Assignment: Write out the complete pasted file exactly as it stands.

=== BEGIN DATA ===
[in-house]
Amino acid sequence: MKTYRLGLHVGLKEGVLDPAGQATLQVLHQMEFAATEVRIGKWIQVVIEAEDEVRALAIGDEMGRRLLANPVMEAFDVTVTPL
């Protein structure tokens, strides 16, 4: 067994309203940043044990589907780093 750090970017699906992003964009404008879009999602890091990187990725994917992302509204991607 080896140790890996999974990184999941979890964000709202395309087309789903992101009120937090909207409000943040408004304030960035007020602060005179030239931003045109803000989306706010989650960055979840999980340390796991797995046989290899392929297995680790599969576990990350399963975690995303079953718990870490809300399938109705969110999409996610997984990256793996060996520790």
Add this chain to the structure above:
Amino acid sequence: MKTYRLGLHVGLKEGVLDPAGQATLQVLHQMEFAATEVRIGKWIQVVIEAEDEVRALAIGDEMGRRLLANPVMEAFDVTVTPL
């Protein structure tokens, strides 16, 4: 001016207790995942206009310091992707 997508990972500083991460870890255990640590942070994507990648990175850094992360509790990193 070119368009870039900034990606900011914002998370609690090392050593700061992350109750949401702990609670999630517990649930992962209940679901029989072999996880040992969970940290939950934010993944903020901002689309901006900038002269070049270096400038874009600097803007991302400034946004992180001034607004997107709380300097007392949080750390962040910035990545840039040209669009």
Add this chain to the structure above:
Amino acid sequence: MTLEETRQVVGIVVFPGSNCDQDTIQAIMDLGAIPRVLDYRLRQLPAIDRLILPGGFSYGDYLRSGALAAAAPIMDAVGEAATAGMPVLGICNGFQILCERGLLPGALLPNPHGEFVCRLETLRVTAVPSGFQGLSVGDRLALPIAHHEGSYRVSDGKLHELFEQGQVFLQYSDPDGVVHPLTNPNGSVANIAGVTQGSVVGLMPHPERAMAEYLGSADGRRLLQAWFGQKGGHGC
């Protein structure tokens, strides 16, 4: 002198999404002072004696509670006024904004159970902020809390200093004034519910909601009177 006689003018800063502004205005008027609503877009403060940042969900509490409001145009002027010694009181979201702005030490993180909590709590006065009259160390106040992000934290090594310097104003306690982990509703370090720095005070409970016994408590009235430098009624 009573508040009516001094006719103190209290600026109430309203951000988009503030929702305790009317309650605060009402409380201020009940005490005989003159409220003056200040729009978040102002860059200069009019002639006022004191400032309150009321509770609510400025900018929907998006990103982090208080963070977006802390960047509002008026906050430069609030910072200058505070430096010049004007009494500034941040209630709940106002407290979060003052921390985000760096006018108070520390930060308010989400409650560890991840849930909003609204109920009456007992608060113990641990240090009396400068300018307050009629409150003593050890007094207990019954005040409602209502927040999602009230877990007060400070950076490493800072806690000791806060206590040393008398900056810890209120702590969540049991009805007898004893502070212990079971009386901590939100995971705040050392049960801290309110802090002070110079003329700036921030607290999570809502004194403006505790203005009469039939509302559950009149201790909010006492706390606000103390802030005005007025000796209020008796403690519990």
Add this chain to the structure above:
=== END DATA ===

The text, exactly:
[in-house]
Amino acid sequence: MKTYRLGLHVGLKEGVLDPAGQATLQVLHQMEFAATEVRIGKWIQVVIEAEDEVRALAIGDEMGRRLLANPVMEAFDVTVTPL
């Protein structure tokens, strides 16, 4: 067994309203940043044990589907780093 750090970017699906992003964009404008879009999602890091990187990725994917992302509204991607 080896140790890996999974990184999941979890964000709202395309087309789903992101009120937090909207409000943040408004304030960035007020602060005179030239931003045109803000989306706010989650960055979840999980340390796991797995046989290899392929297995680790599969576990990350399963975690995303079953718990870490809300399938109705969110999409996610997984990256793996060996520790």
Add this chain to the structure above:
Amino acid sequence: MKTYRLGLHVGLKEGVLDPAGQATLQVLHQMEFAATEVRIGKWIQVVIEAEDEVRALAIGDEMGRRLLANPVMEAFDVTVTPL
């Protein structure tokens, strides 16, 4: 001016207790995942206009310091992707 997508990972500083991460870890255990640590942070994507990648990175850094992360509790990193 070119368009870039900034990606900011914002998370609690090392050593700061992350109750949401702990609670999630517990649930992962209940679901029989072999996880040992969970940290939950934010993944903020901002689309901006900038002269070049270096400038874009600097803007991302400034946004992180001034607004997107709380300097007392949080750390962040910035990545840039040209669009």
Add this chain to the structure above:
Amino acid sequence: MTLEETRQVVGIVVFPGSNCDQDTIQAIMDLGAIPRVLDYRLRQLPAIDRLILPGGFSYGDYLRSGALAAAAPIMDAVGEAATAGMPVLGICNGFQILCERGLLPGALLPNPHGEFVCRLETLRVTAVPSGFQGLSVGDRLALPIAHHEGSYRVSDGKLHELFEQGQVFLQYSDPDGVVHPLTNPNGSVANIAGVTQGSVVGLMPHPERAMAEYLGSADGRRLLQAWFGQKGGHGC
């Protein structure tokens, strides 16, 4: 002198999404002072004696509670006024904004159970902020809390200093004034519910909601009177 006689003018800063502004205005008027609503877009403060940042969900509490409001145009002027010694009181979201702005030490993180909590709590006065009259160390106040992000934290090594310097104003306690982990509703370090720095005070409970016994408590009235430098009624 009573508040009516001094006719103190209290600026109430309203951000988009503030929702305790009317309650605060009402409380201020009940005490005989003159409220003056200040729009978040102002860059200069009019002639006022004191400032309150009321509770609510400025900018929907998006990103982090208080963070977006802390960047509002008026906050430069609030910072200058505070430096010049004007009494500034941040209630709940106002407290979060003052921390985000760096006018108070520390930060308010989400409650560890991840849930909003609204109920009456007992608060113990641990240090009396400068300018307050009629409150003593050890007094207990019954005040409602209502927040999602009230877990007060400070950076490493800072806690000791806060206590040393008398900056810890209120702590969540049991009805007898004893502070212990079971009386901590939100995971705040050392049960801290309110802090002070110079003329700036921030607290999570809502004194403006505790203005009469039939509302559950009149201790909010006492706390606000103390802030005005007025000796209020008796403690519990």
Add this chain to the structure above: